Ayalah mulled over the news as she sat on the grass in the queen’s gardens. If it had been only commoners killed, she thought, nothing would come of it; but since there were noble children involved, surely some action would be taken to soothe the righteous anger of the parents. And, she thought, since this event affected both noble and commoner alike, the case would be all the stronger for the Bolladian Court to act—and act quickly, before the classes united and took it upon themselves to do something rash. With any luck, this tragedy would overshadow Greyson’s desertion, throwing it in such a light as to spare him the death sentence, at least. It was a selfish thought, but surely there had to be some good to come out of such a sad occasion.
She was not so naïve as to think children were helpless and guileless, even in such a cut-and-dry-seeming scenario; after all, she’d been quite capable of killing a man from a young age—as long as she could remember, in fact, even before Gavin had enrolled her in warrior training. But still, young boys with arrows sticking out of their chests… that bespoke a more serious situation than children quarreling amongst themselves or than a misunderstanding amongst travelers.
She wondered idly who it was Lady Westerly had hurried off to meet. She’d said “he’s expecting me, poor man”—could she have meant Greyson? Perhaps she was going to meet him, to hear his testimony or discuss past grievances. Ayalah tried to be rational: there must be a reason why Greyson had never mentioned being engaged to this woman. She supposed Lady Westerly was pretty, with her pale skin and honey-colored hair, and she was well-spoken and of noble birth. And yet… and yet Greyson had run away from Bolladoth, from his engagement, from his noble birth. And he’d only returned because of the prophecy, and because Swynn had told him Ayalah would need his help.
She relaxed into the grass. Lady Westerly was probably going to meet with someone else, anyway.
After another few days of languishing in the palace and trying to come up with a new argument to convince the king, queen, and Court to assist Naraloth in the war, Ayalah was summoned to the main audience chamber once more. The faces of the members of the Bolladian Court were somber and lined, and the king stifled a yawn as she entered.
“Commander Tarall, Naralian ambassador,” announced the portly servant.
“You may approach, Commander,” Queen Maera said.
Ayalah approached the thrones and bowed her head respectfully. “You sent for me, Your Majesties?”
“Commander, we would appreciate your assistance. Last week, as you no doubt have heard, four Bolladian children were found dead on the edge of the forest. Upon closer inspection, we believe the person or persons responsible for this heinous crime were members of the Miltinian-Hodarian army.” The queen shifted in her seat before continuing. “I’ll be brief with you: we want you to find out who committed this murder and bring them to justice.”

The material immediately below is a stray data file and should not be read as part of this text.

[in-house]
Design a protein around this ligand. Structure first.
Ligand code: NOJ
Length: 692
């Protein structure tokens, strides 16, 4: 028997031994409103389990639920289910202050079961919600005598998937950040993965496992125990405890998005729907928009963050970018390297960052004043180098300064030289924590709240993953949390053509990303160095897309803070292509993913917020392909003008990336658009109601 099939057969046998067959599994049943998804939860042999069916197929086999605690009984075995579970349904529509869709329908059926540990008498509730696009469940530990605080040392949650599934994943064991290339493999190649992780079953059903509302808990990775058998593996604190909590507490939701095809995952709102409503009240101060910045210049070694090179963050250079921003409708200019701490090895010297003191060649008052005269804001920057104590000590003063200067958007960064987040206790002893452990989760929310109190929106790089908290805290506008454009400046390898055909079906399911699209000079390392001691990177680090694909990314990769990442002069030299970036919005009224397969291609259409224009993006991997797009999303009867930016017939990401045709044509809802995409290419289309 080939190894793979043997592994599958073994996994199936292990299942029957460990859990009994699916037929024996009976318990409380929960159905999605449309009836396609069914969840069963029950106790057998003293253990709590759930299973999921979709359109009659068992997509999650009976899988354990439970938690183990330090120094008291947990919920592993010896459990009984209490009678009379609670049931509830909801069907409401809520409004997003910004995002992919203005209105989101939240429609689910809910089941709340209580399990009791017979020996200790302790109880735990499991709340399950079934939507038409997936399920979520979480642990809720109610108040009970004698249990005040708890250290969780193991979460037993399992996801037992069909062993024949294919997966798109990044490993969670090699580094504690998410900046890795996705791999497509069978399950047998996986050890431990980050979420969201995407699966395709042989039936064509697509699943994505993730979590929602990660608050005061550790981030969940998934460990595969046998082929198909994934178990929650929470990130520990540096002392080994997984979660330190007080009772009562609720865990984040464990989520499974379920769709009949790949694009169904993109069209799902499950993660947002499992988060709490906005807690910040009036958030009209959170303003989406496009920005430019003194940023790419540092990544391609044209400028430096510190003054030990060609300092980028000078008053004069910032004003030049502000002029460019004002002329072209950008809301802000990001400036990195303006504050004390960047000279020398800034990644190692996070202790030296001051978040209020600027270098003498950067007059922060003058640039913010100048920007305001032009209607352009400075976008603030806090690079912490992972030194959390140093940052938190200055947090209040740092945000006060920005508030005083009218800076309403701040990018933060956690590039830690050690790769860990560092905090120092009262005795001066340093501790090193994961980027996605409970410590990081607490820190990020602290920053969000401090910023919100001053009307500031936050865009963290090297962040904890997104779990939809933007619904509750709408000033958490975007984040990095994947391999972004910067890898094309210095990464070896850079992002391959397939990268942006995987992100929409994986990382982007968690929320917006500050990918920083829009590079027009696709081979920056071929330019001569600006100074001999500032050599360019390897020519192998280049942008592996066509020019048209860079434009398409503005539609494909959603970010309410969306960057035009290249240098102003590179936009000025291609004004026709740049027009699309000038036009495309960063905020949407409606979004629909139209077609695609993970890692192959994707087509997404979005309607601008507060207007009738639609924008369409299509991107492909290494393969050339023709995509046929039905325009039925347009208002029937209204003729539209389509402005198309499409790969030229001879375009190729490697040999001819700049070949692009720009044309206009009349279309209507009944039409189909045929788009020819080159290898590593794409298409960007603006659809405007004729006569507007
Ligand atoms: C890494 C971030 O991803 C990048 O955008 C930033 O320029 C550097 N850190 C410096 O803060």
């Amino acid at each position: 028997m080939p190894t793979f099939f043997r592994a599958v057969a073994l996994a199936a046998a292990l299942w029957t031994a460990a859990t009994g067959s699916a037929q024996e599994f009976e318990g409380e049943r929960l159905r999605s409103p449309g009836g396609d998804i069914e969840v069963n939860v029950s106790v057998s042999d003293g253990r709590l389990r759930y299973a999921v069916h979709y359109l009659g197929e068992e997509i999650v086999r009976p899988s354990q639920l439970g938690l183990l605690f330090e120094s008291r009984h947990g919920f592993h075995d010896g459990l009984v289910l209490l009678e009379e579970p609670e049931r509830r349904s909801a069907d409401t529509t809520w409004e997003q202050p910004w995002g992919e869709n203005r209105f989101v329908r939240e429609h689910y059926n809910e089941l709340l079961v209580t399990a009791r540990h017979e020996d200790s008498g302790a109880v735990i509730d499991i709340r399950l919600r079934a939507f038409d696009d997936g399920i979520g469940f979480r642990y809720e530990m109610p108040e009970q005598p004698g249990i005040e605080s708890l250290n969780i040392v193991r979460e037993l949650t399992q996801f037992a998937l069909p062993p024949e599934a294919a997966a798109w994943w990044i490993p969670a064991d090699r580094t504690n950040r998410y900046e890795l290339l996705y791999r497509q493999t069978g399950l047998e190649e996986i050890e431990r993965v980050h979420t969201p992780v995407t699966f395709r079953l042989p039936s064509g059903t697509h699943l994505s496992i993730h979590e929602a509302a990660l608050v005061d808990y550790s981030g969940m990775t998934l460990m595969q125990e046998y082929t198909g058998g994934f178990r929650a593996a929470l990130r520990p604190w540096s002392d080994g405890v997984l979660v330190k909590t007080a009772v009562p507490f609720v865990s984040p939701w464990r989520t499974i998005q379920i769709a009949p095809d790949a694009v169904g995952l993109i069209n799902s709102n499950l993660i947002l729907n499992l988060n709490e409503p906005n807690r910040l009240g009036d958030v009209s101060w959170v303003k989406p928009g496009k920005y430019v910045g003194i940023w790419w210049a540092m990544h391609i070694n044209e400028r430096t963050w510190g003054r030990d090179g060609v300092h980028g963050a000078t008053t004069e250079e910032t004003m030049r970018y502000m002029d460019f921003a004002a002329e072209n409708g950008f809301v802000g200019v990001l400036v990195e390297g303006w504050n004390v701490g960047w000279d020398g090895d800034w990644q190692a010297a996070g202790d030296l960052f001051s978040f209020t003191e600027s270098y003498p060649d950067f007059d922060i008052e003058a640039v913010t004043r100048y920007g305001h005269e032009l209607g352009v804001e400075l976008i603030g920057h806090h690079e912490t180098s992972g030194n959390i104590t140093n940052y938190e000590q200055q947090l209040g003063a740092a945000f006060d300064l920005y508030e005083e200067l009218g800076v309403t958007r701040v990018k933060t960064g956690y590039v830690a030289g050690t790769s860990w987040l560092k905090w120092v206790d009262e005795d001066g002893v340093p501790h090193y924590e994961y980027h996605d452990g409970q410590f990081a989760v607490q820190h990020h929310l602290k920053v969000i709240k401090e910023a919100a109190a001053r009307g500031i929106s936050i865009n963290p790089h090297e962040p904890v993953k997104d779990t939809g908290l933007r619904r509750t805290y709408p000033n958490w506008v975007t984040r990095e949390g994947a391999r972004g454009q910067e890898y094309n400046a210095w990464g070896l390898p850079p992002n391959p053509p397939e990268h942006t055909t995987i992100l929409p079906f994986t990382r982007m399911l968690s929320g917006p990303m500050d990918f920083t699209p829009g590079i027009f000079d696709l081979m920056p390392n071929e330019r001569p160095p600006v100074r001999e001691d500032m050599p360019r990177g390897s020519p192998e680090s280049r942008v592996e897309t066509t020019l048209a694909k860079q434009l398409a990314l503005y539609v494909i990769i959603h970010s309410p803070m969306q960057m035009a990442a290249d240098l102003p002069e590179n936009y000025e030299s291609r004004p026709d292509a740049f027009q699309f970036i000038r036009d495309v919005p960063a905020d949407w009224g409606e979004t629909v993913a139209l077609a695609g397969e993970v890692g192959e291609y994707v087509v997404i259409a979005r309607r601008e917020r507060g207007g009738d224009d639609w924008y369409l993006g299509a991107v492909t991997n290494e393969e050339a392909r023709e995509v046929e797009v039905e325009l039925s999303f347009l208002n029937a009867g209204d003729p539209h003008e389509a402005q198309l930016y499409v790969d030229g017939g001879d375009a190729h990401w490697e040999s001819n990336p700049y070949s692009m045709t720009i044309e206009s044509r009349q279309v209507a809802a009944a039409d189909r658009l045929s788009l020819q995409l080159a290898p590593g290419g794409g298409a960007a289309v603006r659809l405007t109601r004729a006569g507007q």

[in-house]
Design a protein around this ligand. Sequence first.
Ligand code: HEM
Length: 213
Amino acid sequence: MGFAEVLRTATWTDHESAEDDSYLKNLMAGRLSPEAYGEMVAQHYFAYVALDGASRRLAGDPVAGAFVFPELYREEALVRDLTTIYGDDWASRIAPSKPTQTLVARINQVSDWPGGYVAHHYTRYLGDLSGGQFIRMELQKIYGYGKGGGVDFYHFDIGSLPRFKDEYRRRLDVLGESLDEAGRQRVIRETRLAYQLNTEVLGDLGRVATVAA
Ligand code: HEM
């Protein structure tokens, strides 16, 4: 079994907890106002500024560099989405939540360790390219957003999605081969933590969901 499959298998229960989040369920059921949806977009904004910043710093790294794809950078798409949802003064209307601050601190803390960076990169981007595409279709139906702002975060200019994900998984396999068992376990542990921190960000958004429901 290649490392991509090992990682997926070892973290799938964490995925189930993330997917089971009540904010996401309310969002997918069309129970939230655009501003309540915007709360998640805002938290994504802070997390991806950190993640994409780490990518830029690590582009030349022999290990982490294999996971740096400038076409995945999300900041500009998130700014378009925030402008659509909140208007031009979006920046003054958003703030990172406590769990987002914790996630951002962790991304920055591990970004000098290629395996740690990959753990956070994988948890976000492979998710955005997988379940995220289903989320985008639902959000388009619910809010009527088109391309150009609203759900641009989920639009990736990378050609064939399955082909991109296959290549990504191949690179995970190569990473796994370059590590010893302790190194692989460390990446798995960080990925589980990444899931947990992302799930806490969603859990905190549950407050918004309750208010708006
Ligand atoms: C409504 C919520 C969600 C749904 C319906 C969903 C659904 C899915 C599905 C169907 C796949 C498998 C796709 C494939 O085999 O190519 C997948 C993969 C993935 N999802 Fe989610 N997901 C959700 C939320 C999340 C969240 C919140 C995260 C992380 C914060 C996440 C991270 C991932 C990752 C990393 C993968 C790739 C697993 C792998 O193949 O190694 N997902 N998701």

Ayalah gaped at the queen. “Your Majesty, are you trying to hire me as an assassin?” The sad story of the Bolladian princes was well known throughout the lands: the queen had given birth to a number of healthy sons, but the first and third had succumbed to an illness in infancy, the second died in a tragic horse riding accident at the age of nine, and the fourth was nearly an adult when he sustained a wound that festered and grew infected, eventually killing him. That the queen would have a special place in her heart for young boys killed in their youth therefore came as no surprise to Ayalah; it was the fury in the queen’s voice that she found unsettling.
The queen inclined her head. “Justice must be done. Our people are calling for revenge, and you’re in the best position to discover the perpetrators without any—unnecessary—bloodshed.”
“Commander, we are not asking you to assassinate anyone,” King Davin chimed in, ignoring the sour look on the queen’s face. “Only to bring them to us, so that we may try them at our Court as we see fit.”
Ayalah thought for a moment. “Before I respond to your request, Your Majesties, may I see your evidence? How can you be so sure it was a member of the Miltinian-Hodarian army? What if you’re wrong?”
One of the Lords of the Court spoke up, a balding man with a deep, gravelly voice. “We have three pieces of evidence, Commander. The first is a boot print of Hodarian making in the dirt. It was far too large and jagged to have belonged to any other country. The second is the wood from the arrows, carved from the dark bark of the flowering trees that only grow south of Miltinoth.” Ayalah was skeptical: boot prints could be ambiguous, and arrows could be bought and sold. But the man continued: “And the third, which was clenched in the hand of one of the victims, is this piece of cloth, unmistakably of Hodarian uniform.” He held up a scrap of fabric that was indeed the deep red of the Hodarians’ clothing, a color Ayalah had never seen worn by any people save Hodarians.